Dr. T. Horsfield, long associated with the East India Museum, required someone capable of doing natural history drawings and, through an introduction, Frederic Moore obtained the post, thus began a lifetime association with Indian Lepidoptera"Moore's son F. C. Moore was an artist and prepared many of the plates in Lepidoptera Indica. Moore's brother T. J. Moore was a curator at the Liverpool Museum for forty years and his son Thomas Francis Moore was an osteologist at the National Museum at Melbourne. Moore was an associate of the Linnean Society of London, a member of the Entomological Society of London, a corresponding member of the Entomological Society of Stettin and of the Entomological Society of the Netherlands, his other works included A catalogue of the birds in the museum of the East-India Company and The Lepidoptera of Ceylon. Works by or about Frederic Moore at Internet Archive Thomas Horsfield. A Catalogue of the Birds in the Museum of the Hon. East-India Company. Scientific Results of the Second Yarkand Expedition Lepidoptera Indica.
Scanned volumes 1 2 3 4 5 6 7 8 9 10 Works by Frederic Moore online at Biodiversity Heritage Library
Système universitaire de documentation
The système universitaire de documentation or SUDOC is a system used by the libraries of French universities and higher education establishments to identify and manage the documents in their possession. The catalog, which contains more than 10 million references, allows students and researcher to search for bibliographical and location information in over 3,400 documentation centers, it is maintained by the Bibliographic Agency for Higher Education. Official website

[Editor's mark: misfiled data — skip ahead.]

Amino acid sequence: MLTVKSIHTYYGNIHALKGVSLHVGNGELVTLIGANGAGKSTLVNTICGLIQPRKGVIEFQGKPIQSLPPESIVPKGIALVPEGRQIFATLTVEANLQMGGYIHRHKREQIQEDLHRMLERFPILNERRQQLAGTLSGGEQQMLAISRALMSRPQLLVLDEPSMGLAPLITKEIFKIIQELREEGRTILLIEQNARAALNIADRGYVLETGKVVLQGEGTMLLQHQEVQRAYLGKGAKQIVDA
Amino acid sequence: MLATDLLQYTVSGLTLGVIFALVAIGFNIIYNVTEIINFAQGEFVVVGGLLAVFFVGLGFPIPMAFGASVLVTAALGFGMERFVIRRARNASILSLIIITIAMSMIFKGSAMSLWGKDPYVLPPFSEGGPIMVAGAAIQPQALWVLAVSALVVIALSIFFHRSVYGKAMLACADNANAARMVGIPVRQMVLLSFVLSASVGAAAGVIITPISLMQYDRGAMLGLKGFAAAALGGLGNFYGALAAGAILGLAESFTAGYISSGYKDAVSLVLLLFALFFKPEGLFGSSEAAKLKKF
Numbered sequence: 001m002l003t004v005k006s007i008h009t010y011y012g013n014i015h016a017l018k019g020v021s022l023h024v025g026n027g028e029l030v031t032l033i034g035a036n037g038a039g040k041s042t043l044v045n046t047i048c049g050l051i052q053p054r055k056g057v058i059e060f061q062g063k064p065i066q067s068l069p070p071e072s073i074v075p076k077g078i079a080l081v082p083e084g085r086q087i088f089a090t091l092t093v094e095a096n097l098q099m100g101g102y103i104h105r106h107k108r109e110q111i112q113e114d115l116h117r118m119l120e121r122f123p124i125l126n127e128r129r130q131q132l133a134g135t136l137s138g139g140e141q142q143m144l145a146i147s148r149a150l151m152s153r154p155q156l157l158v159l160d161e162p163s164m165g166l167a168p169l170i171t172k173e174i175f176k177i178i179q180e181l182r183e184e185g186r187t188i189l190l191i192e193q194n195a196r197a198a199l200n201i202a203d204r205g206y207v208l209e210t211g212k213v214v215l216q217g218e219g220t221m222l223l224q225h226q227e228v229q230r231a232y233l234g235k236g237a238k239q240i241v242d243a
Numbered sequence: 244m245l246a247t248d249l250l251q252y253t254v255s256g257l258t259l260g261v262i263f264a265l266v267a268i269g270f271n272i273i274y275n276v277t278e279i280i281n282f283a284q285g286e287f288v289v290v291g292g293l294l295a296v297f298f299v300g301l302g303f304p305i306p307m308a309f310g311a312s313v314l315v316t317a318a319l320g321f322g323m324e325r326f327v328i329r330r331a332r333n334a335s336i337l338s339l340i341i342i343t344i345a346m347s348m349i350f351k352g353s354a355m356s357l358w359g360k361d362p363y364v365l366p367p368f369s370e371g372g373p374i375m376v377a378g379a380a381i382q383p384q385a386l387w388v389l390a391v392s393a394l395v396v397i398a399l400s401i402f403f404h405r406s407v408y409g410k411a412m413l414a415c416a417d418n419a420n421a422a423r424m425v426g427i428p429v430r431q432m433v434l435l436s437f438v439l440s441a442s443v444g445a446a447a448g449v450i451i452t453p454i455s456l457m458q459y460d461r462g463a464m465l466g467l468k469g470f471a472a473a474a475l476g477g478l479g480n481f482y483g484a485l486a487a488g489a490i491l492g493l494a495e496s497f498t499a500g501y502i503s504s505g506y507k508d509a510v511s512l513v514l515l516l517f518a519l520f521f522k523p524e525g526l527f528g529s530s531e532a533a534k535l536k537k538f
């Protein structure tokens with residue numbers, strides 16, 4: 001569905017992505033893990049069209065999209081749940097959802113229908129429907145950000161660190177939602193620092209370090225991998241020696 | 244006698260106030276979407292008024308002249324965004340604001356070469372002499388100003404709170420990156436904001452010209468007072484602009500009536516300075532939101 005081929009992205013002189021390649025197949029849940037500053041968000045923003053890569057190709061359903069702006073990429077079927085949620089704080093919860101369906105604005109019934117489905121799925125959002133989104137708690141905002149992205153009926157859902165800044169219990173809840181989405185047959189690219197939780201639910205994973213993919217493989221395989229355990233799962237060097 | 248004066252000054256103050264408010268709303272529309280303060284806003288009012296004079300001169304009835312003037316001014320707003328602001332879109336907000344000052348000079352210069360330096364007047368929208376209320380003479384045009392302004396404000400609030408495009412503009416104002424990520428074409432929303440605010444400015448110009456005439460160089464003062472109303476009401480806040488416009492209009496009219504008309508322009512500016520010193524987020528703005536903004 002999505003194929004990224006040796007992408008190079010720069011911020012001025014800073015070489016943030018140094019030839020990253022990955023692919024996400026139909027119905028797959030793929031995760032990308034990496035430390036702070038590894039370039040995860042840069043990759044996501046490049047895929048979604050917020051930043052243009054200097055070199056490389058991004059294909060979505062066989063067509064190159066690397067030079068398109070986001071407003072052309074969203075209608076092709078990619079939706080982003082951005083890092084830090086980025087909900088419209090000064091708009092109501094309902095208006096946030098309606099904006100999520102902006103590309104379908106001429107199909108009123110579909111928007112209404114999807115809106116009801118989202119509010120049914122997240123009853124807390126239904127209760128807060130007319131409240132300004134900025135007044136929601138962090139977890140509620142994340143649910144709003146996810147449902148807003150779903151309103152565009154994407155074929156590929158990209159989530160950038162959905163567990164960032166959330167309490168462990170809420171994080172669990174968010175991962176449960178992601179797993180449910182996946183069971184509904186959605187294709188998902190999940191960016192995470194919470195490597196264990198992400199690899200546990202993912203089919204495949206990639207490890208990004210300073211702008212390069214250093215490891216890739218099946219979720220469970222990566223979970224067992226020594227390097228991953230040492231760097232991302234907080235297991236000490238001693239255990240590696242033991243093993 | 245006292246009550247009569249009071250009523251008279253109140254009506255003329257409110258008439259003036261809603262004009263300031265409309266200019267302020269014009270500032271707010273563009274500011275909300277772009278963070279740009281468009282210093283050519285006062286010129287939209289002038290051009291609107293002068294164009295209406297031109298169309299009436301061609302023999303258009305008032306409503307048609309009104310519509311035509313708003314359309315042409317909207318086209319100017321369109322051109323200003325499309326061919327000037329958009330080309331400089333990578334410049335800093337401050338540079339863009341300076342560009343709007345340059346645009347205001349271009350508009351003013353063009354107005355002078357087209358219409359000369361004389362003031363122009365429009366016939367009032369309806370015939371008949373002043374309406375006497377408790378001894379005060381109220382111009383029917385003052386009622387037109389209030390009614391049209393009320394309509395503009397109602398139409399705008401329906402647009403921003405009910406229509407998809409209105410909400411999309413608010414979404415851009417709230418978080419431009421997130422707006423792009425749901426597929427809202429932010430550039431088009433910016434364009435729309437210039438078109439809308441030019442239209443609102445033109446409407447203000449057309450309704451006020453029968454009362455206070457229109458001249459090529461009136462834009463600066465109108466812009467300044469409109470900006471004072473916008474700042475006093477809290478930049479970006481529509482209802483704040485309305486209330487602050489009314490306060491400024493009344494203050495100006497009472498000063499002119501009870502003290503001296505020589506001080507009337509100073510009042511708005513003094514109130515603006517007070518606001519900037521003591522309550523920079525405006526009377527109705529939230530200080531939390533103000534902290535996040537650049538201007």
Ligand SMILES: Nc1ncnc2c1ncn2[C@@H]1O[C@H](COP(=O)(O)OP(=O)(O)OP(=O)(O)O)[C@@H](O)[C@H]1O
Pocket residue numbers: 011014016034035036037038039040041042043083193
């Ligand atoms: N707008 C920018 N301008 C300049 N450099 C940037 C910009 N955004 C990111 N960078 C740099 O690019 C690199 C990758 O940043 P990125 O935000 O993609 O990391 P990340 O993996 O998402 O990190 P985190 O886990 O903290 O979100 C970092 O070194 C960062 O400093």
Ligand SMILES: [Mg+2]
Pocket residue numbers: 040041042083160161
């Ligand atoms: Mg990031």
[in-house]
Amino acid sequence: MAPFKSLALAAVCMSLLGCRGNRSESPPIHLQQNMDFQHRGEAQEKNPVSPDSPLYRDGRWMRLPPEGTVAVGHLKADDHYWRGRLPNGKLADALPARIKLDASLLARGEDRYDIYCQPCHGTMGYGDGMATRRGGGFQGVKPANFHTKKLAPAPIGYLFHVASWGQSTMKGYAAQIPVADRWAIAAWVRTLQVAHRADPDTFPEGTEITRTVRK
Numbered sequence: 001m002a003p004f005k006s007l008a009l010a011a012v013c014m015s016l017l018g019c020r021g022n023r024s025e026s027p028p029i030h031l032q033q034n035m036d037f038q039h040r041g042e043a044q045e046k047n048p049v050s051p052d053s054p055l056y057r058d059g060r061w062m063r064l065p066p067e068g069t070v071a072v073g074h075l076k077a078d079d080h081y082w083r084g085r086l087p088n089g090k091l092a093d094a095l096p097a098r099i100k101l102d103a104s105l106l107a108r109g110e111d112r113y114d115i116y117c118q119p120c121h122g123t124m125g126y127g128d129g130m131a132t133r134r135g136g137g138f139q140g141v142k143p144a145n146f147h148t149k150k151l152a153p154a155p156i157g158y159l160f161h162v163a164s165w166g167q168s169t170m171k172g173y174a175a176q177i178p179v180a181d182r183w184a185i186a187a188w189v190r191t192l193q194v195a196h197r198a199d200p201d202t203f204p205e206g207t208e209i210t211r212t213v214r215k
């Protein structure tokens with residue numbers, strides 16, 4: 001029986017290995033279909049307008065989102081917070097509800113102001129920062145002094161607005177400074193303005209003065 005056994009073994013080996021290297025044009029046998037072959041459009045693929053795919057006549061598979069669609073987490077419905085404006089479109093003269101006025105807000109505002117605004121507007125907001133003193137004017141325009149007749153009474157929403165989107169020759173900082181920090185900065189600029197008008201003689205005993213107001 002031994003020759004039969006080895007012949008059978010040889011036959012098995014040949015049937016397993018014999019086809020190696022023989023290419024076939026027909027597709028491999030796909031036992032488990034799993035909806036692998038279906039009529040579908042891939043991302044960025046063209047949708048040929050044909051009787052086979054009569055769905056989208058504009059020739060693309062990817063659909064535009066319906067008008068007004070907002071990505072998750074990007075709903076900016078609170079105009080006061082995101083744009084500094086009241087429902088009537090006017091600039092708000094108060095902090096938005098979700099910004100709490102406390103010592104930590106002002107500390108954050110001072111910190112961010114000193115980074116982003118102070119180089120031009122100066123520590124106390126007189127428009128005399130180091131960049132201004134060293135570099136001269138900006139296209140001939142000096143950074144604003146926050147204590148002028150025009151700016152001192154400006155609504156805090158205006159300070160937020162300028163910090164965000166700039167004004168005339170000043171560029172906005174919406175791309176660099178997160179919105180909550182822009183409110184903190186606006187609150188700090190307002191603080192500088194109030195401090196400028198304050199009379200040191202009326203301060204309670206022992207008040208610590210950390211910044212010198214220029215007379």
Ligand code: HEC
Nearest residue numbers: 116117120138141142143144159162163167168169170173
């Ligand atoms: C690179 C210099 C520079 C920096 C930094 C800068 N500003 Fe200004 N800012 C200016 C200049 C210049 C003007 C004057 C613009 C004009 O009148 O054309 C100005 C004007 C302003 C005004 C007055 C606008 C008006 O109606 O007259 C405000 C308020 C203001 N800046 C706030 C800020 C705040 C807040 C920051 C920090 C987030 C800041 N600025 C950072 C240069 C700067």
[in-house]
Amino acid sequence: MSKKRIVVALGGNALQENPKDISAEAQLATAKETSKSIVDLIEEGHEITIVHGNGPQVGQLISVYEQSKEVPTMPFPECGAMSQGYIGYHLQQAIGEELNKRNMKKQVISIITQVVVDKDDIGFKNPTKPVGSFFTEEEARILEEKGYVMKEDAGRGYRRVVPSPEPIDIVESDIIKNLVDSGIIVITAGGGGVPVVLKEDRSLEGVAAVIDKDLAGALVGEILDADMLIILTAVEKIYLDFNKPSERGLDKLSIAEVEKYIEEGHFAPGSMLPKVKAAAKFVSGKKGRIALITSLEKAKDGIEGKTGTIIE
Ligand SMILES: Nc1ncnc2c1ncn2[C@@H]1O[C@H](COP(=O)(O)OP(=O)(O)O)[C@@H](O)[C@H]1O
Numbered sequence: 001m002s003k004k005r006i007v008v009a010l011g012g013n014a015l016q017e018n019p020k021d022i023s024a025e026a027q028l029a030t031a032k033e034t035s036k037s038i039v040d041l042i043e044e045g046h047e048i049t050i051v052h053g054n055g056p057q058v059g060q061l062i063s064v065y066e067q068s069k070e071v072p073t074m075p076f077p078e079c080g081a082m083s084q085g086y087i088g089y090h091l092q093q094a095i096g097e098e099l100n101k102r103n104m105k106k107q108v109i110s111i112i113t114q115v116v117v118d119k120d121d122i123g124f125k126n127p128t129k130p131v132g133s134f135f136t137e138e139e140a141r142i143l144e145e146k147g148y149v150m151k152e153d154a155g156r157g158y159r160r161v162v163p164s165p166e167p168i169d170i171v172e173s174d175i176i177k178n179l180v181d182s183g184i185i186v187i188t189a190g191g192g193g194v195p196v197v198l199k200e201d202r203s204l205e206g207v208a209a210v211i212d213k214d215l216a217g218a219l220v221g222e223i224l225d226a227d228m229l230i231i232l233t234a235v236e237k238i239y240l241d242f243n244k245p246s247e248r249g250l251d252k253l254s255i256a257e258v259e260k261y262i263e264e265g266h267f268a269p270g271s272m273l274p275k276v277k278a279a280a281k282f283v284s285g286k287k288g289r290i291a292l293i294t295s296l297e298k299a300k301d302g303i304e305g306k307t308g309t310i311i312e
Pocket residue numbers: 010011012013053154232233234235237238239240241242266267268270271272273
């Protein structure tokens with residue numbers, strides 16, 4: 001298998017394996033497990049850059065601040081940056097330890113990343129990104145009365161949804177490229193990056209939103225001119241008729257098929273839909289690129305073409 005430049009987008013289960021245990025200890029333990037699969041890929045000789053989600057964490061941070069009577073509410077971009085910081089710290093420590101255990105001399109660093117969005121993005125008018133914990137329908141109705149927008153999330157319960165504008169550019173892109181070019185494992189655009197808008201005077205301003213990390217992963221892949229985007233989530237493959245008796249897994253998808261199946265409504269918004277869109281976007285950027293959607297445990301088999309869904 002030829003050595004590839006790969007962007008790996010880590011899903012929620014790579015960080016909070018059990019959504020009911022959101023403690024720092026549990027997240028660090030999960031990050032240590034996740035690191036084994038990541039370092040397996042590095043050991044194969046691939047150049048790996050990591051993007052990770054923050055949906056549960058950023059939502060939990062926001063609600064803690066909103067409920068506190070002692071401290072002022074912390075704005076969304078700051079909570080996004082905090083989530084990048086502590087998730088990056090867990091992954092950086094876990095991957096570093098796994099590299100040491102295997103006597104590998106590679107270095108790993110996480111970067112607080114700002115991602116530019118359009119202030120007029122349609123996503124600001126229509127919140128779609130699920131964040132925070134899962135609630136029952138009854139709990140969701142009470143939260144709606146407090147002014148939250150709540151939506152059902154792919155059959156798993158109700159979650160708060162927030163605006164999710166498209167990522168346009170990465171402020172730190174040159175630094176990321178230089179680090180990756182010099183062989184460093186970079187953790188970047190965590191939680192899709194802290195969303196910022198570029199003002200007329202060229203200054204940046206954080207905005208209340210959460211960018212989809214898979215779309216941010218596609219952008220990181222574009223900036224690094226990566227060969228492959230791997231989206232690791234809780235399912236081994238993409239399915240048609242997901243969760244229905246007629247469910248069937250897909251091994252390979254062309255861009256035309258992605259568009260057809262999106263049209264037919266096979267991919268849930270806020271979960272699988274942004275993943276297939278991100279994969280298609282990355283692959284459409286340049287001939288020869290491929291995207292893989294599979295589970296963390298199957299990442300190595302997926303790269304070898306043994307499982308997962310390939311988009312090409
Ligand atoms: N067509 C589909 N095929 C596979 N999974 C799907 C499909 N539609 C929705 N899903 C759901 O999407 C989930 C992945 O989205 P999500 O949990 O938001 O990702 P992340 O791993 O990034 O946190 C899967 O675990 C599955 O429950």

Acharya Jagadish Chandra Bose Indian Botanic Garden
The Acharya Jagadish Chandra Bose Indian Botanic Garden known as Indian Botanic Garden is situated in Shibpur, Howrah near Kolkata. They are known as the Calcutta Botanical Garden, as the Royal Botanic Garden, Calcutta; the gardens exhibit a wide variety of rare plants and a total collection of over 12,000 specimens spread over 109 hectares. It is under Botanical Survey of India of Forests, Government of India; the gardens were founded in 1786 by Colonel Robert Kyd, an army officer of the British East India Company for the purpose of identifying new plants of commercial value, such as teak, growing spices for trade. Joseph Dalton Hooker says of this Botanical Garden that "Amongst its greatest triumphs may be considered the introduction of the tea-plant from China... the establishment of the tea-trade in the Himalaya and Assam is entirely the work of the superintendents of the gardens of Calcutta and Seharunpore."A major change in policy, was introduced by the botanist William Roxburgh after he became superintendent of the garden in 1793.
Roxburgh developed an extensive herbarium. This collection of dried plant specimens became the Central National Herbarium of the Botanical Survey of India, which comprises 2,500,000 items. During the early years of the garden Joseph Dalton Hooker writes:... contributed more useful and ornamental tropical plants to the public and private gardens of the world than any other establishment before or since.... I here allude to the great Indian herbarium, chiefly formed by the staff of the Botanic Gardens under the direction of Dr. Wallich, distributed in 1829 to the principal museums of Europe. Over the years attractive display gardens for the public have been developed and many kinds of plants have been cultivated for scientific observation. During the 1970s the garden initiated a program to introduce improved food plants and other varieties of economic benefit to the people of India; the Garden was designated the Acharya Jagadish Chandra Bose Indian Botanic Garden on June 25, 2009 in honor of Jagadish Chandra Bose, the Bengali polymath, natural scientist.